“World No Tobacco Day” is organised every year on May 31 to raise awareness among the masses and policymakers about bringing an end to tobacco usage. Tobacco is the only consumable product designed to kill its customers and has no health benefits. Unfortunately, Low- and Middle-Income Countries (LMICs) bear the maximum brunt where almost 80 per cent of the world’s smokers exist. The tobacco industry continues to make enormous profits through ever-increasing sales while strangulating the LMICs by creating jobs and paying taxes, which are minuscule contributions as compared to the tobacco health burden caused by its victims.
The main areas of concern regarding the tobacco products are lungs, cardiovascular and cancer-related diseases; causing a significant burden on the fragile (and COVID-19 strained) LMICs health systems. The main focus of attraction for the tobacco industry is the much younger clientele. As traditional tobacco sales have decreased in developed countries due to increased restrictions, the industry has come up with innovative products to attract new nicotine users. The launching of e-cigarettes and heated tobacco (HTPs) in the developed world has taken the West by storm. The e-cigarettes business in America and Europe crossed $15 Billion in 2018 and HTPs are likely to reach the same landmark by 2021. As it has been rightly pointed out by the Director of Tobacco Control at The Union, Dr Gan Quan, “The vast majority of LMICs are still contending with the very serious tobacco epidemic. Introducing new, highly addictive products into these environments will overwhelm governments, stress already overburdened health systems, and distract from the urgent implementation of the World Health Organisation (WHO)’s Framework Convention on Tobacco Control (FCTC) and related MPOWER measures.”
Ironically, the tobacco industry is promoting these e-cigarettes and HTPs in the LMICs as a smoke cessation aid, whereas the WHO has clearly refuted all such claims and has specifically warned against the use of tobacco in any form. In its 2019 report on the global tobacco epidemic, the WHO noted that there was “insufficient evidence to support the use of [e-cigarettes] as a population-level tobacco cessation intervention to help people quit conventional tobacco use,” and also posited that these products are “undoubtedly harmful.”
The tobacco industry has gone a step ahead in exploiting the social class and status symbolism in countries like Pakistan
In this vein, the tobacco industry has gone a step ahead in exploiting the social class and status symbolism in countries like Pakistan. These expensive products are being promoted with additional glamour, as elitist products. It is not hard to find Vape Stores operating with impunity and possibly without Vending Licenses in the twin cities of Islamabad and Rawalpindi. Most of these products are being imported from abroad and sold at a high price. In an interactive session organised by Sustainable Development Policy Institute (SDPI), which invited over a dozen legislators, this issue was highlighted. Many legislators were surprised to know that these harmful products were being sold in the market without permission.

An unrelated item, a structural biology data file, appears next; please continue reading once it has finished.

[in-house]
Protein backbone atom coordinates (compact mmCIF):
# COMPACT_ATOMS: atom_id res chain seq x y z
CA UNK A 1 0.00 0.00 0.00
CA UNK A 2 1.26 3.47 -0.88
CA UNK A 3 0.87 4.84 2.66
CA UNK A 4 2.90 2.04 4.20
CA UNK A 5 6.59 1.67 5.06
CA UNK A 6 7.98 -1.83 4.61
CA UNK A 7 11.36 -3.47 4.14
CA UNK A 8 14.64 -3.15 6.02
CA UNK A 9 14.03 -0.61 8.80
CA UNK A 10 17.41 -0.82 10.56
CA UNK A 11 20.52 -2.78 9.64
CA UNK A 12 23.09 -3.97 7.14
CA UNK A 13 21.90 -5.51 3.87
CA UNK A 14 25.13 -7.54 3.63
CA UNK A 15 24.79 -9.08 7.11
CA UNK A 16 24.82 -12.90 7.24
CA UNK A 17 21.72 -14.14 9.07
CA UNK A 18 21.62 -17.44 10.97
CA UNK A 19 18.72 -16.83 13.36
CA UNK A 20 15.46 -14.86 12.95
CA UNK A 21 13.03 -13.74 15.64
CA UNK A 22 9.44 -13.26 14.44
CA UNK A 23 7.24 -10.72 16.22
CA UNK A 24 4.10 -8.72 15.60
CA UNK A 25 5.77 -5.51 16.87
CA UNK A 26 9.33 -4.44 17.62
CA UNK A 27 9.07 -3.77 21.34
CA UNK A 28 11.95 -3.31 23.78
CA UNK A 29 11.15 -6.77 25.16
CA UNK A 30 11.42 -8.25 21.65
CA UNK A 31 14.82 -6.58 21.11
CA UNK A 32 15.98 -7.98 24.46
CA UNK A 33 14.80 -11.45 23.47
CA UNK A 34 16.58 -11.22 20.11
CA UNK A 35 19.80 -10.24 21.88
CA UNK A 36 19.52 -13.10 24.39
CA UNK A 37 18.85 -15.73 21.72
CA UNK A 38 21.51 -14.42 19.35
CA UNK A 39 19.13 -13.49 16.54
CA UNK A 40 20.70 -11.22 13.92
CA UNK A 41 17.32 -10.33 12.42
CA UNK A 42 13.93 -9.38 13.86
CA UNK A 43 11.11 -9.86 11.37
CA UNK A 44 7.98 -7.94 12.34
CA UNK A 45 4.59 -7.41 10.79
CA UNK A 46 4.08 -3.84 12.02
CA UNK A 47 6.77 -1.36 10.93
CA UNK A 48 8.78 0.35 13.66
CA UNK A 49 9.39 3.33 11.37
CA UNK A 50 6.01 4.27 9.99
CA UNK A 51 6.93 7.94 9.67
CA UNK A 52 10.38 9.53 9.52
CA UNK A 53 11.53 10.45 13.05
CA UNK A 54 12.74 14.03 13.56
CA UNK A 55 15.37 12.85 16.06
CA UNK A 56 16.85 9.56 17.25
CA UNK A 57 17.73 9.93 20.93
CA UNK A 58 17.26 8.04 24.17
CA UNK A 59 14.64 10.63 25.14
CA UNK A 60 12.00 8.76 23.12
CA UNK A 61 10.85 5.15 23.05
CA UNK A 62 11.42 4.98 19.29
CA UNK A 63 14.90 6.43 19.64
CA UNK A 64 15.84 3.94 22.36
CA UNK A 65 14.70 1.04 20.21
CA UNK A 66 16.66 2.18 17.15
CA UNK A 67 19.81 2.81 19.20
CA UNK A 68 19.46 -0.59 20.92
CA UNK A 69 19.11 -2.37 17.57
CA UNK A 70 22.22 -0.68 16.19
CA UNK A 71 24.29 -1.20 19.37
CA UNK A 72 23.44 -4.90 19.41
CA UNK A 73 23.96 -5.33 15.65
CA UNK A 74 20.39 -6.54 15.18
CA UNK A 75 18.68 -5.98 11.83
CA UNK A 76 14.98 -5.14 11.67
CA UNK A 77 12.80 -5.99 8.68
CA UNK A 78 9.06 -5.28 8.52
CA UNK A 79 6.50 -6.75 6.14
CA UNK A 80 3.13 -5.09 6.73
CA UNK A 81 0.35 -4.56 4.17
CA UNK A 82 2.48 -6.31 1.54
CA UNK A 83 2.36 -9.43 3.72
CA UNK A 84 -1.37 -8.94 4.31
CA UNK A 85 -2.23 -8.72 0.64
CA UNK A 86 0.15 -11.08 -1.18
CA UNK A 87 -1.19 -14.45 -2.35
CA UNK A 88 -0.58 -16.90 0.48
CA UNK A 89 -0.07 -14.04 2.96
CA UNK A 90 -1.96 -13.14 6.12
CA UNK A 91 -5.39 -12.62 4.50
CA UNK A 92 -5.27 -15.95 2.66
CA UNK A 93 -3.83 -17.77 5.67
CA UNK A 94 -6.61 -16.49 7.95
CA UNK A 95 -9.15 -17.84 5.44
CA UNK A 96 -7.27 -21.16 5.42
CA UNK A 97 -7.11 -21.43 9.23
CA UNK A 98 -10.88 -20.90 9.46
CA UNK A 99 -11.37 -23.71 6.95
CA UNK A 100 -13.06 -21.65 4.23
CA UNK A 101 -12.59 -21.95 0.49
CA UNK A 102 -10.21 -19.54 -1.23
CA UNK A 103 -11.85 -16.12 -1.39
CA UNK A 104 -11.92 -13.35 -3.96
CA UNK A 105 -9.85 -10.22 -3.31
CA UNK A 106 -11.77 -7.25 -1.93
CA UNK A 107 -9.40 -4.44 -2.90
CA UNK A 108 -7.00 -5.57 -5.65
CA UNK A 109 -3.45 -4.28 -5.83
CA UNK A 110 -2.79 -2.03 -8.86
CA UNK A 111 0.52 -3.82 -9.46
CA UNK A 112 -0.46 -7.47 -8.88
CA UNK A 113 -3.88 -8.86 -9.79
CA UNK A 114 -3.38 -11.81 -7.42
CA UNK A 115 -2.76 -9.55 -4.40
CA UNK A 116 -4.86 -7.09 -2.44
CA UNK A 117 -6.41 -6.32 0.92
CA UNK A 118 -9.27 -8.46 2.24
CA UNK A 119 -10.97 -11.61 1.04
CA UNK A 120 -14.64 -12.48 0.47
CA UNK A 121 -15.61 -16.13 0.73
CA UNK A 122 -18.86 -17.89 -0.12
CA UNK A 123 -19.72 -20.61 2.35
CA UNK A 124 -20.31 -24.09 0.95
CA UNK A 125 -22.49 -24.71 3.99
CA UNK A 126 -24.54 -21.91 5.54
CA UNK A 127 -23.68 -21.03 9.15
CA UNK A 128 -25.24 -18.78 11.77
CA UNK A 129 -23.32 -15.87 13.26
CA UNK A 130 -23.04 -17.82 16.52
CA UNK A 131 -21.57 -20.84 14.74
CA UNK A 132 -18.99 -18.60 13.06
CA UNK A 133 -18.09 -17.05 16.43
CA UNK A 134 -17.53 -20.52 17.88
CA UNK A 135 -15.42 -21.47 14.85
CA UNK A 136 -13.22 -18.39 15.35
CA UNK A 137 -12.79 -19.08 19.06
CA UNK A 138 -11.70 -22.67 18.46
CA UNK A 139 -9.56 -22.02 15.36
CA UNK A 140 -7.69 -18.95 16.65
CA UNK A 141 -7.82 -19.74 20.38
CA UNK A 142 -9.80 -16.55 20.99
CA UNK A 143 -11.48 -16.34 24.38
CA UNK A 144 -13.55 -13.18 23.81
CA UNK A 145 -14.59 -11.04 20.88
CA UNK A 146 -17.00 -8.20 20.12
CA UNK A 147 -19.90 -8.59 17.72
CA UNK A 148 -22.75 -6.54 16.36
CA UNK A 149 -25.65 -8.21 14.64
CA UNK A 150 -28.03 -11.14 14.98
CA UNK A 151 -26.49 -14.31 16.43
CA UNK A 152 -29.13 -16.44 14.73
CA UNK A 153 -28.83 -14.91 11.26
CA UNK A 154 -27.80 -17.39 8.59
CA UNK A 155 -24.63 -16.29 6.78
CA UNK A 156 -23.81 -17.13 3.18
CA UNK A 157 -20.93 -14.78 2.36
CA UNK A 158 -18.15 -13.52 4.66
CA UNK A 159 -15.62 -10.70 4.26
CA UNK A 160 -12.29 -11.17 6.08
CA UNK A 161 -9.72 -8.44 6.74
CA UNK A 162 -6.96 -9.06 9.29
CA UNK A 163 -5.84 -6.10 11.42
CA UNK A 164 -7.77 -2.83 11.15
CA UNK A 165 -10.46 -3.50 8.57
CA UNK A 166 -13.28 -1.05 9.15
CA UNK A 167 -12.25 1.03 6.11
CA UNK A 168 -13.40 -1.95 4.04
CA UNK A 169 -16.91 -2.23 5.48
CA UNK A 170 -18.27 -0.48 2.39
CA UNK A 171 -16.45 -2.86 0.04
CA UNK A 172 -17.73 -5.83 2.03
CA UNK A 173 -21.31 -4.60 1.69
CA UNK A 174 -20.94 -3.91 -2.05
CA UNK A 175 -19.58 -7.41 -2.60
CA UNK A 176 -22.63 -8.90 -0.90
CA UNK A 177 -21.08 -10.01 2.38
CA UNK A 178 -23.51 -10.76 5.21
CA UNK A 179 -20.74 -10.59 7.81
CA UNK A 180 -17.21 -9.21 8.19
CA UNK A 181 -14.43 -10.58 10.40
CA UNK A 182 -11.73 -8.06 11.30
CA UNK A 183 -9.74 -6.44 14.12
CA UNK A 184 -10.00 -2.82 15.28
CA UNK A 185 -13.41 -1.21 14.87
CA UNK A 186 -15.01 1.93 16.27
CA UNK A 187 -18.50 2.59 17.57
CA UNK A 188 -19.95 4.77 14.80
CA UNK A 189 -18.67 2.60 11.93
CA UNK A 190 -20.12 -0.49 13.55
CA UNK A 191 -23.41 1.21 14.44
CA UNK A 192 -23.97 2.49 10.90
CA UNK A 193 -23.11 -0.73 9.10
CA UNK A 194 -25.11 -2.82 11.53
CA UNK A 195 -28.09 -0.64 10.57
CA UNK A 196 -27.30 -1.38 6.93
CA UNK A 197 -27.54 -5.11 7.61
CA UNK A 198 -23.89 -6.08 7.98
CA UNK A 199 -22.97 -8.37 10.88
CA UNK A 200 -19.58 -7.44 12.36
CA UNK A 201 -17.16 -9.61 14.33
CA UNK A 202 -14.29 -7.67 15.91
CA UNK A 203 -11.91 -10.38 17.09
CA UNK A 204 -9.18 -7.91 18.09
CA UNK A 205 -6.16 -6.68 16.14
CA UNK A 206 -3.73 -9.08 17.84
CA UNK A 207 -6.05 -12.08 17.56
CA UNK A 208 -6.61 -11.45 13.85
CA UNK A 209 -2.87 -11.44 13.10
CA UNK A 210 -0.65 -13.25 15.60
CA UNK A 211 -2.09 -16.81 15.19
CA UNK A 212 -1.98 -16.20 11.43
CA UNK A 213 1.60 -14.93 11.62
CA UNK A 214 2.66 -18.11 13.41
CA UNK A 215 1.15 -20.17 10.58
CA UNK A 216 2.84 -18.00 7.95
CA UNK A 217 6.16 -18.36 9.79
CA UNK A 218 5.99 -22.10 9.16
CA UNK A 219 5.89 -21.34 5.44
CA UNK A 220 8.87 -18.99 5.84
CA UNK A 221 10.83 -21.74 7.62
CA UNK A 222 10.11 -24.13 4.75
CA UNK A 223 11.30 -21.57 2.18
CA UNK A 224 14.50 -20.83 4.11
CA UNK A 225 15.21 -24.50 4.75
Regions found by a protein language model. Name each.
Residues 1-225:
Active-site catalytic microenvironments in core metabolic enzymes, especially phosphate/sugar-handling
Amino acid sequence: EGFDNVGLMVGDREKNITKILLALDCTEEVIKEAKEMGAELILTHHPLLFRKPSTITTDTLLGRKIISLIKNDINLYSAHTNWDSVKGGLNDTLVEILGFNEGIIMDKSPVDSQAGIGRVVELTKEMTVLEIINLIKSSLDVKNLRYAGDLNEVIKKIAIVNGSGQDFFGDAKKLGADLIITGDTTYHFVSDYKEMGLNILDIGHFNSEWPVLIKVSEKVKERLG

As rightly pointed out by tobacco control advocates and The Union’s position statement, a rapid rollout of these e-cigarettes and HTPs in LMICs would have a deleterious effect on the health of young people. Youth make up more than 65 per cent of Pakistan’s population and induction of such products would not only crush the weak health system but also be detrimental to the positive youth’s productivity potential. One of the major recommendations by SDPI was to take preventive and proactive measures to stop the impending epidemic of e-cigarettes and HTPs in Pakistan. It might be easier to exercise restraint and gain control of the situation now before the entire market was flooded with these products. As rightly posited by Dr Gan, “The data continue to emerge on e-cigarettes and HTPs, but what we already know suggests a looming, new epidemic, and youth will be its face……. policymakers should embrace the precautionary principle, which urges preventative action. For LMICs, that means e-cigarette and HTP sales bans.”
Similarly, Tobacco Control Directorate at the Ministry of Health’s Director, Dr Minhaj-us-Siraj echoed these apprehensions during a meeting. He was particularly concerned about the tobacco industry excesses and tax evasions other than the introduction of new electronic products in Pakistan. Like almost every country in the world, COVID-19 has exposed the shortcomings of the health systems of Pakistan. The need to foster a robust health system overwhelms the state on one hand, and the desire to collect sufficient taxes from the big multi-national conglomerates (without annoying them) is a challenge, on the other. However, there is no denying the fact that the clear message on this “No Tobacco Day” needs to be a complete and total sales and promotion ban on all forms of electronic smoking devices including e-cigarettes and HTPs.
This article was originally published at: https://dailytimes.com.pk/619461/world-no-tobacco-day-advocating-a-ban-on-e-cigarettes-and-heated-tobacco-in-pakistan/
Approved By SDPI